WASHINGTON, D.C. - Today, U.S. Senator Martin Heinrich (D-N.M.) voted in support of S. 1086, the Child Care and Development Block Grant Act of 2014, a bipartisan reauthorization bill to help expand access to and improve the quality of child care for children and families. The bill passed the Senate today by a vote of 97 to 1.
"By helping parents, we are helping children. Expanding access to quality, affordable child care is not only a critical component to the economic stability of working parents, but also contributes enormously to improving the long-term education and well-being of New Mexico children." said Sen. Heinrich. "This bipartisan proposal would strengthen investments in child development and ensure children and their families have access to the quality programs they need to succeed."
First passed in 1990, the Child Care and Development Block Grant serves as the primary source of federal funding for child care assistance and helps provides child care services for low-income family members who work, train for work, or attend school. In New Mexico, the grant serves 19,800 children monthly and has provided $39,774,805 in total funds for child care and development.
The Child Care and Development Block Grant Act of 2014 would specifically:
- Reauthorize the Child Care and Development Block Grant of 1990 through FY2019;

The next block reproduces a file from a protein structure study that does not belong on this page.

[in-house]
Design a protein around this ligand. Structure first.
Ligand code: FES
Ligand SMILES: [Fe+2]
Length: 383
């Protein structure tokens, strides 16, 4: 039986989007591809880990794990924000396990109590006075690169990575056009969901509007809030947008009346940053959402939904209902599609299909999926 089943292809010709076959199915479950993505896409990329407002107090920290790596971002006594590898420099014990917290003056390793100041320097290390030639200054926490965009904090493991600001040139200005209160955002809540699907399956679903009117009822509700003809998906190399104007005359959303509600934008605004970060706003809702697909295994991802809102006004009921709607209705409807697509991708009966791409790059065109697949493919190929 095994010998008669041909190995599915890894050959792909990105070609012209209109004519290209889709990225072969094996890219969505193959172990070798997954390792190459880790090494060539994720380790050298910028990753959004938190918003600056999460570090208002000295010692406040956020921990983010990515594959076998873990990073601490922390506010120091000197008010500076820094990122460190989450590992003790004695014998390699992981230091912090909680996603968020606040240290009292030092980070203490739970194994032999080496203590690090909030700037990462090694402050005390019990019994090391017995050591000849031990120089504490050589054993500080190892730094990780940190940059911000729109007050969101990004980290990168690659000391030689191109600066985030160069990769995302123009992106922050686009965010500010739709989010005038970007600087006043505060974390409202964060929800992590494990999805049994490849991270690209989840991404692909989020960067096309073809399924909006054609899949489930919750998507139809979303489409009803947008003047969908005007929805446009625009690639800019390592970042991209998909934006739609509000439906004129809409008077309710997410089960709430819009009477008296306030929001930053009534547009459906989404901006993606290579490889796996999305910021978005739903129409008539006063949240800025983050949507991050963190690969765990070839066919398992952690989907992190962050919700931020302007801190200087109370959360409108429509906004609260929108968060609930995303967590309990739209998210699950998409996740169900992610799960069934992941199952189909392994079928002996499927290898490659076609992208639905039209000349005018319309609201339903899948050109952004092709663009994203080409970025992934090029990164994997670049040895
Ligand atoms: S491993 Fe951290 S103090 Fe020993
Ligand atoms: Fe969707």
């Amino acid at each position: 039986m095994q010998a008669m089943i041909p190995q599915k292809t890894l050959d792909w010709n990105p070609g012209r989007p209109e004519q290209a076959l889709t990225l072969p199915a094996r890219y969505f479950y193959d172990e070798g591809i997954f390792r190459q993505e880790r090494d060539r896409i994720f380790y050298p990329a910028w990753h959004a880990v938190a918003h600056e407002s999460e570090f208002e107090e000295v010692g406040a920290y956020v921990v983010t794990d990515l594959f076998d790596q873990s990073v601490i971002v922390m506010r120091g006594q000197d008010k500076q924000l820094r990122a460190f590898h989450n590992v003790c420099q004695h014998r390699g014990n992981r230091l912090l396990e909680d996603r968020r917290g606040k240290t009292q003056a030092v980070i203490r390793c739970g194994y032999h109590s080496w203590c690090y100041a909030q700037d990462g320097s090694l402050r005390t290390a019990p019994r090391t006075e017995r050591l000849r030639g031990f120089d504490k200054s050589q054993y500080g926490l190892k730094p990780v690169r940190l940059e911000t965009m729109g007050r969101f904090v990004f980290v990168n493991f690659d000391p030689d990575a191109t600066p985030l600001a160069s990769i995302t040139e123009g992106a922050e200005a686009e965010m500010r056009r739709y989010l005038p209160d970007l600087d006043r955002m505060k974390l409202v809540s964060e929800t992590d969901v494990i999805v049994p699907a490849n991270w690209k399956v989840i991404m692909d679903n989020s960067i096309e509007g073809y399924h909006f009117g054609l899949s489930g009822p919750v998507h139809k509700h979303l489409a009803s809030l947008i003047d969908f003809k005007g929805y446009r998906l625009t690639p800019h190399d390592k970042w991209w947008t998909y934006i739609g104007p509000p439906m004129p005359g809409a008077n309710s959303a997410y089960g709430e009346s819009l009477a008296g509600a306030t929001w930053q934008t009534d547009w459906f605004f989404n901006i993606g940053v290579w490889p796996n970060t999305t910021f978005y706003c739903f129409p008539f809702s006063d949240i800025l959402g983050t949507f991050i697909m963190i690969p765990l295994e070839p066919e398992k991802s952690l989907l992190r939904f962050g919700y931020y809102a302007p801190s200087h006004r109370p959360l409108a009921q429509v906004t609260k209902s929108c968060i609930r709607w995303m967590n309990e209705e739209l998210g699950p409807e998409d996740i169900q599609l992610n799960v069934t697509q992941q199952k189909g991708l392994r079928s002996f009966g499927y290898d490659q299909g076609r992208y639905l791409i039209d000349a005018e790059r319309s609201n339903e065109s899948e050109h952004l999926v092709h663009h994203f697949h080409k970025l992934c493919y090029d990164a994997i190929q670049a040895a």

- Improve program quality by requiring states to phase in higher levels of quality set aside funding to 10% by 2018;
- Strengthen coordination with Early Learning Advisory Councils who develop high-quality, comprehensive systems of early childhood education and care;
- Expand eligibility by taking into account the needs of families, including a parent's irregular work schedule and giving parents ample opportunity to prove eligibility;
- Ensure children are in safe environments that support their physical emotional and cognitive development by providing health and safety training for childcare providers; and
- Provide support of low-income and at-risk children and families by prioritizing quality care for children from low-income families in areas of concentrated poverty or unemployment.